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  By Steven Flores

College application season is upon us. For those in the spring semester of their junior year, it may seem premature to start now, but students (and parents) tell us time and time again how much better they feel having all things college app out of the way before the busyness of fall semester takes hold. As students take their college tours and solidify their college lists,  there are a few important steps they can take to prepare themselves for a stress-free fall.

Create A Résumé

Spring of junior year is an excellent time to take stock of all the work a student has done throughout high school. This is also a systematic way of evaluating priorities and fine-tuning future interest in a college major. Whether it be DECA with a dash of Lincoln-Douglas debate, or Camp Counseling with a dash or Orchestra, the résumé serves as an honest reflection of what a student spends time on and what they value. This résumé process should focus on quality over quantity: it’s better to have three or four things you do well than 10 things you do halfheartedly. Once assembled, this résumé can be tweaked for a variety of internships, and it can also be pared down to fit the Activities List on the Common App. Finally, it can serve as a catalyst for other essays.

Pick A Main Activity

As a student composes their résumé, it will be important for them to have the following question in mind: “Which of my activities is my main activity, and how does it impact me/my community?” This is because most selective colleges will ask students to consider a question like the following:

Harvard: Please briefly elaborate on one of your extracurricular activities or work experiences. (Length: 150 words)

Michigan: If you could only do one of the activities you have listed in the Activities section of your Common Application, which one would you keep doing? Why?(Length: 150 words)

The explicit “Why?” in the Michigan prompt is helpful because some students will take this question too literally. Rather than getting into the finer points of, say,  Lincoln-Douglas debate, students should instead focus on what the admissions reader is really looking for: the impact that Lincoln-Douglas debate has on the student and their community.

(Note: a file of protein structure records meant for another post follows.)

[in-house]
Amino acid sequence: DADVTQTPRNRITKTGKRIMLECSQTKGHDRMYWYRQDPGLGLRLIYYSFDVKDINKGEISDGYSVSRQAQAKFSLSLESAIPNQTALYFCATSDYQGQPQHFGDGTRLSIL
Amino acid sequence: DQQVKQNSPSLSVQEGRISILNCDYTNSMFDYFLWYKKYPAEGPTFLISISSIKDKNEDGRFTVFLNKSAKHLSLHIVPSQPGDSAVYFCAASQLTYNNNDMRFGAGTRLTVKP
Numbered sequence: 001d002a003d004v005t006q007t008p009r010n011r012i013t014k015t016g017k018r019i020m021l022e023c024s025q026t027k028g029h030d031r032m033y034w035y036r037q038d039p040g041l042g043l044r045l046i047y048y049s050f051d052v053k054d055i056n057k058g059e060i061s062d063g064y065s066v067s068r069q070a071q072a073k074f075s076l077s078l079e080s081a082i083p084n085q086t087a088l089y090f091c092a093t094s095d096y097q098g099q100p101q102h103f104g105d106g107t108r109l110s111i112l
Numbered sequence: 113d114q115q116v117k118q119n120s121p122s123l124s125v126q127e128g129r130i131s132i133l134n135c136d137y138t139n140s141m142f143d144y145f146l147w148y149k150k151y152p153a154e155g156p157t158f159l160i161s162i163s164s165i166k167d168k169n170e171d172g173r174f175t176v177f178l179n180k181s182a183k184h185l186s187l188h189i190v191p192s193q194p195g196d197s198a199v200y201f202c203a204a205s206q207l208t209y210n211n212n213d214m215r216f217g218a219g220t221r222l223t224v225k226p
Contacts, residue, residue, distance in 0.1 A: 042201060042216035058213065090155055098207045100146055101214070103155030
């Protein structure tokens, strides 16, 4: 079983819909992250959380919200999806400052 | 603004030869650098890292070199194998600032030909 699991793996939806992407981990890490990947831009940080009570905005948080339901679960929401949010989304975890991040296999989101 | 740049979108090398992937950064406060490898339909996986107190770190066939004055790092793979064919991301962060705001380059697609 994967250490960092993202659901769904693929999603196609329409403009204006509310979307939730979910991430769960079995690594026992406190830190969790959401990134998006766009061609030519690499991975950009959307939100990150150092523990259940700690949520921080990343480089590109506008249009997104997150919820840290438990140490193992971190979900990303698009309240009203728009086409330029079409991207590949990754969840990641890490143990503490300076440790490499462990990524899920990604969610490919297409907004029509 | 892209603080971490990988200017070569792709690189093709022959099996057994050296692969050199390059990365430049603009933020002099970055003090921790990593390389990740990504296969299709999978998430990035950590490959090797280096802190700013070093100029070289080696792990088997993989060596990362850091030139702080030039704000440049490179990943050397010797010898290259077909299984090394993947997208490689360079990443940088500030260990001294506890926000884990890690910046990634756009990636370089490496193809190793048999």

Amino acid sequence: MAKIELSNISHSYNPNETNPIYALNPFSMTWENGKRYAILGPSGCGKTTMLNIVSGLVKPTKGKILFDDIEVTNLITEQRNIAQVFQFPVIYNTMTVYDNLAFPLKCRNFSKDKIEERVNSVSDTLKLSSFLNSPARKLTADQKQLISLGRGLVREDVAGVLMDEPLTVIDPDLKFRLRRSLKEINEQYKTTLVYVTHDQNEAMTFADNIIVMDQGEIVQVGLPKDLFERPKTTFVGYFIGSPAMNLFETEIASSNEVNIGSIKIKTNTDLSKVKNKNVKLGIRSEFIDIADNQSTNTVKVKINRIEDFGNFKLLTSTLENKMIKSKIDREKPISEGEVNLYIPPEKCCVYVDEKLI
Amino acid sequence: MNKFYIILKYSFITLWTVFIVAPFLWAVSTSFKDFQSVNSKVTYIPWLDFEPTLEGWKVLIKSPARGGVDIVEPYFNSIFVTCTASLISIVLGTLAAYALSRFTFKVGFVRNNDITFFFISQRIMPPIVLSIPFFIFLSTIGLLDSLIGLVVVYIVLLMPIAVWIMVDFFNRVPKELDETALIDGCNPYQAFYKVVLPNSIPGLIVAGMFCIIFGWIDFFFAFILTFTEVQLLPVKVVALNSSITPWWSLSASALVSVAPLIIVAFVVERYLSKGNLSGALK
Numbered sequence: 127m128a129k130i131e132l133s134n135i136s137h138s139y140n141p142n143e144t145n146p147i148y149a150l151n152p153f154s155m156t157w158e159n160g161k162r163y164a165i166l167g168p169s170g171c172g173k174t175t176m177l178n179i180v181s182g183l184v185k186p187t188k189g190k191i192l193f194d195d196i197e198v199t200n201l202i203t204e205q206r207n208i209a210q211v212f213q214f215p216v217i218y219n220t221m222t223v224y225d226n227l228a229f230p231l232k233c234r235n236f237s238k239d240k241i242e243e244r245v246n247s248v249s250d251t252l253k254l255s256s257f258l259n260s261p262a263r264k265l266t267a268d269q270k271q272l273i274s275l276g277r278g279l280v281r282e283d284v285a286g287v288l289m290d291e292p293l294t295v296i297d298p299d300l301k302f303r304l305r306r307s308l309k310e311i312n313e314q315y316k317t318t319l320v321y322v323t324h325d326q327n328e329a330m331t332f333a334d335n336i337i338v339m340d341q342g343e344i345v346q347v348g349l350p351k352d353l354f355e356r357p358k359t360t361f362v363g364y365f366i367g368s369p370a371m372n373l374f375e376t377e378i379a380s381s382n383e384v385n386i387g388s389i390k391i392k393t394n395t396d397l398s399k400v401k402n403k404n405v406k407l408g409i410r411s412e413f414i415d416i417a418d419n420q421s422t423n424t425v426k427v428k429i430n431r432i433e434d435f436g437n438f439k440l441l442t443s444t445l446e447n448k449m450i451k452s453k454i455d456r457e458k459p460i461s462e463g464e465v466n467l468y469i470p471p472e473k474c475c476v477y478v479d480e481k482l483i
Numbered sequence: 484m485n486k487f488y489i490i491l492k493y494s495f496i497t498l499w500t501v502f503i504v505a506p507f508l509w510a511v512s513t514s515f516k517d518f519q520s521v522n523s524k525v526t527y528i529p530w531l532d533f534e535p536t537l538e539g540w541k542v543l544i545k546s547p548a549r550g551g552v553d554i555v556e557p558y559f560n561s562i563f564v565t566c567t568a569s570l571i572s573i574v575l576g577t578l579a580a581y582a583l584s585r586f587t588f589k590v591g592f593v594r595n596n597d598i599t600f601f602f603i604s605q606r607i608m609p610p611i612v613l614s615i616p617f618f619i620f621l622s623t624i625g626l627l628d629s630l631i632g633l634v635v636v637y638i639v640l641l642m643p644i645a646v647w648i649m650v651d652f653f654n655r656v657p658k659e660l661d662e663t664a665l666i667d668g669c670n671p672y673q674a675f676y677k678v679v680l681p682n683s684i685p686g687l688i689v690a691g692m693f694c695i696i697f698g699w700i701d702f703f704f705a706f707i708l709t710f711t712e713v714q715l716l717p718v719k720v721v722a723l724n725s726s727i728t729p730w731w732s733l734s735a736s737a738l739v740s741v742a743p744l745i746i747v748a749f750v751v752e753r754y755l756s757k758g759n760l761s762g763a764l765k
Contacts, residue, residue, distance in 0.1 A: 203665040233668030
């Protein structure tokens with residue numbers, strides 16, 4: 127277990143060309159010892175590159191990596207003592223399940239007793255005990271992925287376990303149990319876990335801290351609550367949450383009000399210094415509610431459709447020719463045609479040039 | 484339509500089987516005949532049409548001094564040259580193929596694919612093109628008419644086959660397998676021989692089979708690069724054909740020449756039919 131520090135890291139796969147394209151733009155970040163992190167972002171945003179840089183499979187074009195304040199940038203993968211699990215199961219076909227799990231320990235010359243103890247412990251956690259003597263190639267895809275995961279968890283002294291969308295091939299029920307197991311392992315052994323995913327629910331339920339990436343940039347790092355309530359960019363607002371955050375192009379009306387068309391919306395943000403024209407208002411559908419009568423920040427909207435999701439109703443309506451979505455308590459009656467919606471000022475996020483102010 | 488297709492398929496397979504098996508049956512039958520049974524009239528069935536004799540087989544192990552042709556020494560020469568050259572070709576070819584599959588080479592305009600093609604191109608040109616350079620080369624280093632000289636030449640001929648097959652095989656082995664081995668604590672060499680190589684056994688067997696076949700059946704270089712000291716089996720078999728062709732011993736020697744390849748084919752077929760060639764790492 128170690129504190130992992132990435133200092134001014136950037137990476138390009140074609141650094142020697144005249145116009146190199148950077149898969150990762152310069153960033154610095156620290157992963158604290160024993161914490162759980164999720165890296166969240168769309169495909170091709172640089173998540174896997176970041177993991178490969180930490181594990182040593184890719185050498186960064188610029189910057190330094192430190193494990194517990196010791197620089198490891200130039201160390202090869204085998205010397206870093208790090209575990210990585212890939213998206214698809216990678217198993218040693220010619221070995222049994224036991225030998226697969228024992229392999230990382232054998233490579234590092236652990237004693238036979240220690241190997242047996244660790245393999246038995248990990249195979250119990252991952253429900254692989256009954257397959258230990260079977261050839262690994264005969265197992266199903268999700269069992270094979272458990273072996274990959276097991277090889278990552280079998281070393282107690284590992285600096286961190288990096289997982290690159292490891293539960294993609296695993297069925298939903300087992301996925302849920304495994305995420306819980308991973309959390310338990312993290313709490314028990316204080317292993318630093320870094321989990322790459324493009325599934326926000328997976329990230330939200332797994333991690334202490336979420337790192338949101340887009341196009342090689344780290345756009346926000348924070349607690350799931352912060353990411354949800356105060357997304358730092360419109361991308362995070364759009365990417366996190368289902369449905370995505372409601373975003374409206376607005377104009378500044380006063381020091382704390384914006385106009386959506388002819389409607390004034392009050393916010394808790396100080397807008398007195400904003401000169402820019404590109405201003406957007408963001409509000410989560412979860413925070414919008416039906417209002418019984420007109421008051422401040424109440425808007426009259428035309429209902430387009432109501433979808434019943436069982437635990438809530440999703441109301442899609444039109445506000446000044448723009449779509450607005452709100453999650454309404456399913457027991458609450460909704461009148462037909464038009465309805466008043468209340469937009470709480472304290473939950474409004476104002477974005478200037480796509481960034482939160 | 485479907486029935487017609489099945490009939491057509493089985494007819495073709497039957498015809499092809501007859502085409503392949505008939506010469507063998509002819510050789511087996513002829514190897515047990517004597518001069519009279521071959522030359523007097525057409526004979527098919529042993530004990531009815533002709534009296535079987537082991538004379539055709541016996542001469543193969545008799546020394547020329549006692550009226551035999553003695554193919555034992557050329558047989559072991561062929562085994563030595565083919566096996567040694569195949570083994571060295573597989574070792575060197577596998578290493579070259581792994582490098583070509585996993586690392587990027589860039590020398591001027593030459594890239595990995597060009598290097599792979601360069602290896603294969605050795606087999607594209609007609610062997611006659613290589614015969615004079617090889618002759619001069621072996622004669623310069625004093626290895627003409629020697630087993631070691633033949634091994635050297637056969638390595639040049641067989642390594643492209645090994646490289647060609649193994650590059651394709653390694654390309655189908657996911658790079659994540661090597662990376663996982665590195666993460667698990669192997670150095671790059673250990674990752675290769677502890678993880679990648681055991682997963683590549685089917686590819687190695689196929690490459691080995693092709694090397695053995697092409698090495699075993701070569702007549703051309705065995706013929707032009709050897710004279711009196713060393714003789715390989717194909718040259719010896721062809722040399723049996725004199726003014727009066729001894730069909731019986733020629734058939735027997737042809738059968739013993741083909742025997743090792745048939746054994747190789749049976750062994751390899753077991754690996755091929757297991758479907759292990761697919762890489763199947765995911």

From the student’s perspective, this essay can be reverse-engineered to inform the college search. More importantly, it can also serve as the basis for the larger Personal Statement essay and the plethora of “Why Our University?” essays down the line. This brings me to my last tip.

Make A Gantt Chart

In my experience, a Gantt Chart is the most user-friendly way to organize essays. I recommend Smartsheets  in the Google suite for its versatility and elegance. A Gantt Chart is essentially a supercharged spreadsheet that provides at-a-glance project management capabilities. Teaching students to use this tool now will prove very helpful for their future regardless of their chosen field.

Students can place due dates atop the x-axis and then have an elastic y-axis for the different schools and individual essays. When a new school or essay is added, simply create a new row, add the essay, and mark the corresponding (self-imposed) due date. You can also color code similar essays (such as the “Why Major X?” essay), hyperlink the documents themselves via GoogleDocs, and even include prompts using the notes feature. As students continue to add essays, they can share their Gantt chart with parents, teachers, and essay coaches so that everyone can monitor progress in real time. This tool will be immensely helpful as schools, and therefore essays, proliferate.

Next Steps

As your student solidifies a college list, taking these early steps will position them well to tackle the more weighty “Why University X?” essays as well as the “Common App Personal Statement.” In my next post, I will discuss some techniques and technologies that are helpful for tackling those more complex essays. But for now, I would encourage students to take the above steps to put themselves in prime position to tackle bigger projects down the line.  

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